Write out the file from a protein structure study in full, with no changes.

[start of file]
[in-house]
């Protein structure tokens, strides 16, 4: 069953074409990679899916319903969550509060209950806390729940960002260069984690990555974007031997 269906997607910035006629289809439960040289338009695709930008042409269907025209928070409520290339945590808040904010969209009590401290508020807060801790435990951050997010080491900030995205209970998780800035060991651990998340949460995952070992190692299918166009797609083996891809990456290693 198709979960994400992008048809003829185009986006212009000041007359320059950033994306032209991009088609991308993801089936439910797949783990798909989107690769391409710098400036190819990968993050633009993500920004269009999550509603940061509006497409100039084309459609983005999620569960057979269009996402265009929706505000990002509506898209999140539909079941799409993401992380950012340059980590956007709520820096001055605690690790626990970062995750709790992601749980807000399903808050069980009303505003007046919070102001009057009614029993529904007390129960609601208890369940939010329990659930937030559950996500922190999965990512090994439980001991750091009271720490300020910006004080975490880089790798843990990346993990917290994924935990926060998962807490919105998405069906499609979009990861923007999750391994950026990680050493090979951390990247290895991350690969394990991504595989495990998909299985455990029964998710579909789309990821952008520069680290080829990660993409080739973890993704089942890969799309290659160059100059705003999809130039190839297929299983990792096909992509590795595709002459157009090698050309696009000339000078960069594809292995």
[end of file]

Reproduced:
[in-house]
């Protein structure tokens, strides 16, 4: 069953074409990679899916319903969550509060209950806390729940960002260069984690990555974007031997 269906997607910035006629289809439960040289338009695709930008042409269907025209928070409520290339945590808040904010969209009590401290508020807060801790435990951050997010080491900030995205209970998780800035060991651990998340949460995952070992190692299918166009797609083996891809990456290693 198709979960994400992008048809003829185009986006212009000041007359320059950033994306032209991009088609991308993801089936439910797949783990798909989107690769391409710098400036190819990968993050633009993500920004269009999550509603940061509006497409100039084309459609983005999620569960057979269009996402265009929706505000990002509506898209999140539909079941799409993401992380950012340059980590956007709520820096001055605690690790626990970062995750709790992601749980807000399903808050069980009303505003007046919070102001009057009614029993529904007390129960609601208890369940939010329990659930937030559950996500922190999965990512090994439980001991750091009271720490300020910006004080975490880089790798843990990346993990917290994924935990926060998962807490919105998405069906499609979009990861923007999750391994950026990680050493090979951390990247290895991350690969394990991504595989495990998909299985455990029964998710579909789309990821952008520069680290080829990660993409080739973890993704089942890969799309290659160059100059705003999809130039190839297929299983990792096909992509590795595709002459157009090698050309696009000339000078960069594809292995």